Mandatory Transfer in the Juvenile Justice System

Ohio resident Kyle Kirts possesses 15 years of experience as a legal professional. A former staff attorney in the Illinois House of Representatives, Kyle T. Kirts currently represents clients in specialty areas including traffic, family, and juvenile law.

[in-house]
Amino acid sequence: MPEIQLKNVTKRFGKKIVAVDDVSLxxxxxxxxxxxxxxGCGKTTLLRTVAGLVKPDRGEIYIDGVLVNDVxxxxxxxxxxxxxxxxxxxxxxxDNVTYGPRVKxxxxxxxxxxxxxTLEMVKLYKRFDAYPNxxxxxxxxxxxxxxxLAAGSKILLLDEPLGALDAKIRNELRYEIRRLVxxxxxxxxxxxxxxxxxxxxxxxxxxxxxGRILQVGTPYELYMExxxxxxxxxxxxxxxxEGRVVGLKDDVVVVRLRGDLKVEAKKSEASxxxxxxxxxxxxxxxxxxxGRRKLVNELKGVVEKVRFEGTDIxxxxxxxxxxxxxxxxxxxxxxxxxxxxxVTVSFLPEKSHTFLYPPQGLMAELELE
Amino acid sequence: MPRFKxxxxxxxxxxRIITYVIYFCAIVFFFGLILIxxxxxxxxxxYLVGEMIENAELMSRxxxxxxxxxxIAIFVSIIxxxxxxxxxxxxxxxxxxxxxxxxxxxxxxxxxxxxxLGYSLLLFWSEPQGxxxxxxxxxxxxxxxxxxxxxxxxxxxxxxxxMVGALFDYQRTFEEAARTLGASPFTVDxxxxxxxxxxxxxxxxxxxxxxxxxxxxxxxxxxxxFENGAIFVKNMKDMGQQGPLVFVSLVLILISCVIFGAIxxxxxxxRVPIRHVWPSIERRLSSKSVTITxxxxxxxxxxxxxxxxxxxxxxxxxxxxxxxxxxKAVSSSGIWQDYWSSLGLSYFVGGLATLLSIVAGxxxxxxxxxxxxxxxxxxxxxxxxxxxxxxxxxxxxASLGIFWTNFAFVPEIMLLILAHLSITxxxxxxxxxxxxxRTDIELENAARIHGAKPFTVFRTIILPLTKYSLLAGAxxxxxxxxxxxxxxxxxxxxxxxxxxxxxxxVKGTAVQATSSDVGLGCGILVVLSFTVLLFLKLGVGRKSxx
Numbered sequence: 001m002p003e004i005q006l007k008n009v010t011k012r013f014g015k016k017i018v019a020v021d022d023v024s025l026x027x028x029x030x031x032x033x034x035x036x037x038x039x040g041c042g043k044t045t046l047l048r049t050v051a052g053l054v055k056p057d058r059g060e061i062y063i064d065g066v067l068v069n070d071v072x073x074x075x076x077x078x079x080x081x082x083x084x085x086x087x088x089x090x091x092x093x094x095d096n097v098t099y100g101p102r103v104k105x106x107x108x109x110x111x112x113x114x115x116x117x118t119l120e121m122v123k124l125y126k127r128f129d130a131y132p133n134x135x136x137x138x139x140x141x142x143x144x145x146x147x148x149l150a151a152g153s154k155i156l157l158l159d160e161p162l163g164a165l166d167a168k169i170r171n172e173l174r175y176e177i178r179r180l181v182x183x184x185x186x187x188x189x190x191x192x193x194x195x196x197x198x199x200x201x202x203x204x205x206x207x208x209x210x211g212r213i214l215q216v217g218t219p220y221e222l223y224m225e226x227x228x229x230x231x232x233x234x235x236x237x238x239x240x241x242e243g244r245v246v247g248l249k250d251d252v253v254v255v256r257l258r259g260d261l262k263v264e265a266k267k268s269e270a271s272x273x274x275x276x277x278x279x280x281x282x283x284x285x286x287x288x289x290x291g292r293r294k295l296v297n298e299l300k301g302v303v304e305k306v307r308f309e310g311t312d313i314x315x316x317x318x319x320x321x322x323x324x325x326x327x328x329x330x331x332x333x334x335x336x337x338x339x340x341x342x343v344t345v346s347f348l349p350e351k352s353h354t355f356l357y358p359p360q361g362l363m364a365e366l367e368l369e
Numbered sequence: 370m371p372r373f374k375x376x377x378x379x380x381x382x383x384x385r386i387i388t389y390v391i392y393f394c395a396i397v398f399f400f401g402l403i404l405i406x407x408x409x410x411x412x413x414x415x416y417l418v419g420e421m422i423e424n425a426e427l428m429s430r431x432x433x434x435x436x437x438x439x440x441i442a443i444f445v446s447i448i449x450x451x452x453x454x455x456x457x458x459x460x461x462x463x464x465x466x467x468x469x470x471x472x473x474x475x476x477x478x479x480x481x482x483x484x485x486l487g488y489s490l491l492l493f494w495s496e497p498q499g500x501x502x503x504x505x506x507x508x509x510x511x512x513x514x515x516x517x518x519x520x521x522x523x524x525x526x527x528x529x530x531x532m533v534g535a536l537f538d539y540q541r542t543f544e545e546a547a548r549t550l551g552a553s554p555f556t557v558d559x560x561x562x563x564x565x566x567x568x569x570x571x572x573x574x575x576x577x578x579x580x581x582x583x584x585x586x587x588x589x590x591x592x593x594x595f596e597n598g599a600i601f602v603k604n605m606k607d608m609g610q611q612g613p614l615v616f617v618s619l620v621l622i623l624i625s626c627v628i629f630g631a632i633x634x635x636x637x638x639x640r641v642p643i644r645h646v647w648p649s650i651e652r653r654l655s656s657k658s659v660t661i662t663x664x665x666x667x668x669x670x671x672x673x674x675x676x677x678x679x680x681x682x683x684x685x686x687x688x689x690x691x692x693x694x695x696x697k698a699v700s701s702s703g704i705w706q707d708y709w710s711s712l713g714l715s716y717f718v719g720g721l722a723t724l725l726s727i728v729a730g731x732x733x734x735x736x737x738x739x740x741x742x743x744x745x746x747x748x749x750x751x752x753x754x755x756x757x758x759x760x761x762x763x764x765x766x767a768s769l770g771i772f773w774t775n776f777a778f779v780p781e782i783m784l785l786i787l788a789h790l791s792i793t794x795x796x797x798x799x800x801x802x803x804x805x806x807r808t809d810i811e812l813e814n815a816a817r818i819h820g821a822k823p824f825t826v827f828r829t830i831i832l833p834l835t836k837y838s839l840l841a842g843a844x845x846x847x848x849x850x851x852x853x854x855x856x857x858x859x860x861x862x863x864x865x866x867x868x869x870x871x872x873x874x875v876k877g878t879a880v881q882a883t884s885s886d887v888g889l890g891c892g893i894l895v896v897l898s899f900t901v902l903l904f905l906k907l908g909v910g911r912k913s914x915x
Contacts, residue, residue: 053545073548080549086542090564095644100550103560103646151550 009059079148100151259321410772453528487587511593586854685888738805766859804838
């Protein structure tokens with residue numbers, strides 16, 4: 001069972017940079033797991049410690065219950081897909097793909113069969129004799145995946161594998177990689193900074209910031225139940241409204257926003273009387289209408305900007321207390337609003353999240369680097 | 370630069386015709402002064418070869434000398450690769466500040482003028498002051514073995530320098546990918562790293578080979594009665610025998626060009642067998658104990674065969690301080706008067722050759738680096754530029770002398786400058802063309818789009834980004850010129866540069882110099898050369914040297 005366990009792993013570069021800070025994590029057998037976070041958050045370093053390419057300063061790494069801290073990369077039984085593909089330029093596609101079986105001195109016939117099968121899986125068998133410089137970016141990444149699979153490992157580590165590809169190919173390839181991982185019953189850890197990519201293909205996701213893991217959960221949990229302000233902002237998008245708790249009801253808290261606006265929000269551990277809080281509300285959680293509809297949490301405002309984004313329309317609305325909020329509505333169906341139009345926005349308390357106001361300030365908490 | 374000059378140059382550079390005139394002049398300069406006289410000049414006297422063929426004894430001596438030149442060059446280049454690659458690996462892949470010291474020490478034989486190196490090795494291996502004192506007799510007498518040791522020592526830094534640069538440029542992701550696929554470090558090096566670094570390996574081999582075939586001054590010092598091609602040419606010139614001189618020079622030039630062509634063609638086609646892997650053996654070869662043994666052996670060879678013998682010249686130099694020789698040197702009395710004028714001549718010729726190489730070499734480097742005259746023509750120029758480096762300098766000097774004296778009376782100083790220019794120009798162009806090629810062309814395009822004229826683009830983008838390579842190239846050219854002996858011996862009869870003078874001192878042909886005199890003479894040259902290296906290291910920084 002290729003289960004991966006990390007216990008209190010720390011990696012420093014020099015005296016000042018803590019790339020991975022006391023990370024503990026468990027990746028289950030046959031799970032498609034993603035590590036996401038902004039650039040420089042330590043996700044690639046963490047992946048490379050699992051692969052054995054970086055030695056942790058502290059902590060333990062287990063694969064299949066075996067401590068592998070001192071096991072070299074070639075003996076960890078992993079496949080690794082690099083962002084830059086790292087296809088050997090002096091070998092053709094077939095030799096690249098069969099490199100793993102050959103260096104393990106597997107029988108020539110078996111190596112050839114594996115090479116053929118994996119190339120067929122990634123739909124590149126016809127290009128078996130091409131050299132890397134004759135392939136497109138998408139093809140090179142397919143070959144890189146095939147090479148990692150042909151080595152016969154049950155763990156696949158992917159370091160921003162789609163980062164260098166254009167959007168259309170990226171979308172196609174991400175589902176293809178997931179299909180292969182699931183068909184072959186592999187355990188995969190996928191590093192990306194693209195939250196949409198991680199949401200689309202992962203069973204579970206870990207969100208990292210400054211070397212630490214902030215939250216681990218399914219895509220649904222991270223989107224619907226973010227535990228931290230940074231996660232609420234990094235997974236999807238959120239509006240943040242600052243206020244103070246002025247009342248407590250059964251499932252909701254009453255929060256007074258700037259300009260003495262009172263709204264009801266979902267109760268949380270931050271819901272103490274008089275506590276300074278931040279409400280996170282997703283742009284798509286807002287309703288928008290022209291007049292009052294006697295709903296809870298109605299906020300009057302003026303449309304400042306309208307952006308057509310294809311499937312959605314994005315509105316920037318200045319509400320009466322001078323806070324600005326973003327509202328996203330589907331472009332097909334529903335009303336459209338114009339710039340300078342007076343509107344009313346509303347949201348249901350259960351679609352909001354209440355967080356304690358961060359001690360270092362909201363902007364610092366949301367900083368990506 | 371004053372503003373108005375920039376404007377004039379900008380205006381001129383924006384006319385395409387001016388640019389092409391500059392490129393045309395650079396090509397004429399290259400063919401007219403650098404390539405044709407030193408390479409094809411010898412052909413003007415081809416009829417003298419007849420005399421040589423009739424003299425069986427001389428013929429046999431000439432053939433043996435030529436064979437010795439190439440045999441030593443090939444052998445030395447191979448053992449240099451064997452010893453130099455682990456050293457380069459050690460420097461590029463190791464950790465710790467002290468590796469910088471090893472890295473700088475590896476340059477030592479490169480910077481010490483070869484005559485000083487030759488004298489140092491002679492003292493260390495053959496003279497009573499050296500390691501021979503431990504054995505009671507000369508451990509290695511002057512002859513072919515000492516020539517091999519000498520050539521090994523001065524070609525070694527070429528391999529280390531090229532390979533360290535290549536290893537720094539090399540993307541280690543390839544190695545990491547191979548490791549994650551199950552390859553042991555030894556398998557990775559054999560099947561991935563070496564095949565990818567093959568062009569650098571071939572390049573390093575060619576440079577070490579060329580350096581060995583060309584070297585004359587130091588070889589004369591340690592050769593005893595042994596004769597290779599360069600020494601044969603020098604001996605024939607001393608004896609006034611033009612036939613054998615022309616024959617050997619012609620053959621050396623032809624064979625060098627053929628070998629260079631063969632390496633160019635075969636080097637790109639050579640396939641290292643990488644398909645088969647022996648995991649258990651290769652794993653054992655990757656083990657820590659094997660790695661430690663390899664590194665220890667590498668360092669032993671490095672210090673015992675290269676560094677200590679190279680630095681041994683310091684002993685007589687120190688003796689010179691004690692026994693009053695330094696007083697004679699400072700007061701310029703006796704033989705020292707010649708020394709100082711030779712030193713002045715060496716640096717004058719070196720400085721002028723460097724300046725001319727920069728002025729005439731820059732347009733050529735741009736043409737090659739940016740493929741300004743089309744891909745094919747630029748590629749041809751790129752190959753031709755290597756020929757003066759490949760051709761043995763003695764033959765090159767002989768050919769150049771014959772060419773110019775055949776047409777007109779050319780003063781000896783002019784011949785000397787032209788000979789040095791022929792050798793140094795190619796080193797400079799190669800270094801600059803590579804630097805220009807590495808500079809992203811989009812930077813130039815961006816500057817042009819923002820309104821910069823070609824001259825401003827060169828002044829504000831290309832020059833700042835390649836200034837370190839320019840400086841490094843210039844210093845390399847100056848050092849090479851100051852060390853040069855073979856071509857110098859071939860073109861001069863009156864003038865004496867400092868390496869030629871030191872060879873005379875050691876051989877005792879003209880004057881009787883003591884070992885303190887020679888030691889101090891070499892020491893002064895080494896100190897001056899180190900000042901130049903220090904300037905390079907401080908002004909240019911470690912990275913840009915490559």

In the state of Ohio, a child charged with a criminal offense may be tried as an adult in a select set of circumstances. To be transferred out of the juvenile justice system, a child must be older than 14 and charged with a felony offense. While some cases allow the court to decide whether or not the accused should be transferred, others necessitate that the child be tried as an adult. A child must stand trial as an adult if he or she has been charged with murder or aggravated murder and is either 16 or 17 years old. These requirements also apply to children of 14 or 15 years who have been both charged with murder and previously committed to a Department of Youth Services (DYS) facility. Children must also be transferred out of the juvenile court system if they are charged with a serious felony offense at 16 or 17 years of age, and either used a firearm to commit the offense or spent time in a DYS facility.


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